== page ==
It Happened at Michigan — ‘Jazz Goes to College’


A University of Michigan audience helped make Dave Brubeck an icon of 20th-century jazz.

Brubeck, a pianist who served in World War II and once planned to become a veterinarian, made national headlines in 1954 with the release of “Jazz Goes to College.” Joined by alto saxophonist Paul Desmond, double bassist Bob Bates, and drummer Joe Dodge, Brubeck watched the album climb the charts and help set the tone for modern jazz.

While “Jazz Goes to College” lists the University of Michigan as the recording venue, the Brubeck quartet performed off-campus at the Masonic Temple on Fourth Avenue. The show, however, was heavily marketed to students.

A photo of "Jaxx Goes to College"
A ticket to Brubeck’s Ann Arbor concert, captured on “Jazz Goes to College,” cost $1.75. (Columbia Records)

Campus performances were the idea of Iola Brubeck, Dave’s wife, to drum up interest among younger audiences. The dance music of the 1930s and ’40s was dying off, and jazz was, as always, recreating itself.

“Listening to the quartet at one of the numerous college venues it was playing each year by the mid-1950s, students could see themselves flatteringly refracted in the music: hip, assured in their taste, heading for big things,” wrote Kevin Starr in his 2009 book, “Golden Dreams: California in an Age of Abundance, 1950-1963.”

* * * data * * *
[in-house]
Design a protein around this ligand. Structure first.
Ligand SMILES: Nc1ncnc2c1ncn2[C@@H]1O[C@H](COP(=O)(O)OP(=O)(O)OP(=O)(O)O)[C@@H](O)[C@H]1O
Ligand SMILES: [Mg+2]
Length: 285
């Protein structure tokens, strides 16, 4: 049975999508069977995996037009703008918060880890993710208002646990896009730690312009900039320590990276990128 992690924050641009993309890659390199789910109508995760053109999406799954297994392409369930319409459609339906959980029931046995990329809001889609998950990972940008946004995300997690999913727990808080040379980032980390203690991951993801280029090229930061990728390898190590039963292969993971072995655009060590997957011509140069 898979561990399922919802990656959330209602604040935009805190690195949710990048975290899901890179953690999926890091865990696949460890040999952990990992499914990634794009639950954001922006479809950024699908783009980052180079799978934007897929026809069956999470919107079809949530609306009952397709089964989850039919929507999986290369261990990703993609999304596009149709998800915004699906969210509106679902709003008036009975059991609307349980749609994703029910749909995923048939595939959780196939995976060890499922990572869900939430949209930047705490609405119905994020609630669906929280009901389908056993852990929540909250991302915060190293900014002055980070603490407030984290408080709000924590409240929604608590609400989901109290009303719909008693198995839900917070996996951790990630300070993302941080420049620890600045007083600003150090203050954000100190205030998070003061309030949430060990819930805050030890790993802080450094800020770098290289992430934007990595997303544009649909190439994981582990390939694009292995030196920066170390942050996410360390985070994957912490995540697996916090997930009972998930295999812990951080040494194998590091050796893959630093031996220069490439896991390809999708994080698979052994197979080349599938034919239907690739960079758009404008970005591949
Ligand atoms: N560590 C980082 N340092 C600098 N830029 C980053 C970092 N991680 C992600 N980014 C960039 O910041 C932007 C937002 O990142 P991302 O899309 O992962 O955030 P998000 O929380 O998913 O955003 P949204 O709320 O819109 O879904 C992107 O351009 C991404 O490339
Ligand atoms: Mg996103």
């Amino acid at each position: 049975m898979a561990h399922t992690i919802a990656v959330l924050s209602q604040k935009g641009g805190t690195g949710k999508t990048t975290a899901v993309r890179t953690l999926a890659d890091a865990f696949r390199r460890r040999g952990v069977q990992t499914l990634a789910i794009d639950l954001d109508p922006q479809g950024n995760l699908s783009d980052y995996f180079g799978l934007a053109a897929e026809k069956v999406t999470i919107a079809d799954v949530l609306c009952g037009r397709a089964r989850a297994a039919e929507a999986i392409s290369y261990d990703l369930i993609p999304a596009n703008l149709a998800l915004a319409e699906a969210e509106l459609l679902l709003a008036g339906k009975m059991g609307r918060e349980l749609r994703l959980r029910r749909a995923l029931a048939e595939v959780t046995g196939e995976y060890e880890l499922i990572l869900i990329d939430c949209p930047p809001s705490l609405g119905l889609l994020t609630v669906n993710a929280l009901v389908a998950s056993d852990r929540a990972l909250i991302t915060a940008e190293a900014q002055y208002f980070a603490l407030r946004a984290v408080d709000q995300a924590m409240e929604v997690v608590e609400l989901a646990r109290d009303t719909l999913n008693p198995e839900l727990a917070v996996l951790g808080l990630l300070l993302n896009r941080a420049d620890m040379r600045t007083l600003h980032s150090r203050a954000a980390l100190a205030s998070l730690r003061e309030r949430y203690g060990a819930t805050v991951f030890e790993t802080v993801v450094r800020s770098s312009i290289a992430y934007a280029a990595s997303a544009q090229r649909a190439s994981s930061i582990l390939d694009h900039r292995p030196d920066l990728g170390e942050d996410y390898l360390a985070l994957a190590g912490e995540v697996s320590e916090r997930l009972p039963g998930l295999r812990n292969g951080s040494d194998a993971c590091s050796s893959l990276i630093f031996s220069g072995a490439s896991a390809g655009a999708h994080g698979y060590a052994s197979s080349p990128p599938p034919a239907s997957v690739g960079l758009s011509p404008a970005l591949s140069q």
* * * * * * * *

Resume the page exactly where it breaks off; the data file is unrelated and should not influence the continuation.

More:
A photo of a Time magazine cover featuring Dave Brubeck
Pianist Dave Brubeck was only the second jazz musician (after Louis Armstrong) to be featured on the cover of Time. (Boris Artzybasheff, Time)

Five of the seven tracks on “Jazz Goes to College” were recorded in Ann Arbor on March 8, 1954. Before the show, Brubeck mingled with fans and signed autographs at The Music Center, a Thayer Street store that is the Bell Tower Hotel today.

Brubeck later said some college venues were hesitant about his music.

“Often the conservatories we were visiting included teachers who were very interested, but there were controversies at the institutions as to whether we should be allowed to play,” he told Jazz Education Journal in 2001. “Sometimes I’d be led to an old, beat-up piano for the performance when there’d also be a great grand piano backstage that they wouldn’t let me go near!”

The popularity of “Jazz Goes to College” landed Brubeck on the cover of Time magazine on Nov. 8, 1954. Brubeck audiences, the magazine said, “listen to some of the strangest and loveliest music ever played since jazz was born.”


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